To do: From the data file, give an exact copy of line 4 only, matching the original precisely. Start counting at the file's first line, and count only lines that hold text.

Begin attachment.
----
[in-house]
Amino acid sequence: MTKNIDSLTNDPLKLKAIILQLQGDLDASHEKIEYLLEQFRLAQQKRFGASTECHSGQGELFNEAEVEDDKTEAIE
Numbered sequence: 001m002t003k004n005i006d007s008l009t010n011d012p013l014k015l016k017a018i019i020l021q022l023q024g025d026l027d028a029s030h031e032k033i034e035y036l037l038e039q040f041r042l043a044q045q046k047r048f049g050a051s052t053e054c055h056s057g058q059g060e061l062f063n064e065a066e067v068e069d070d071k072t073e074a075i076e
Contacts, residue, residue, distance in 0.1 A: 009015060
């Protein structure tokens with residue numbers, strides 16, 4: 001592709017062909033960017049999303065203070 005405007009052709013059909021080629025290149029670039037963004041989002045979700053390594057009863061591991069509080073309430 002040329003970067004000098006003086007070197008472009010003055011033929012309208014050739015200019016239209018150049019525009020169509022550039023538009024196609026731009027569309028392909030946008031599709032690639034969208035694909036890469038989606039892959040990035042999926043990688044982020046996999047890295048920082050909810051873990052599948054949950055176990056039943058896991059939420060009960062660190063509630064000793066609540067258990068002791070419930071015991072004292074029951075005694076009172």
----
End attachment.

Contacts, residue, residue, distance in 0.1 A: 009015060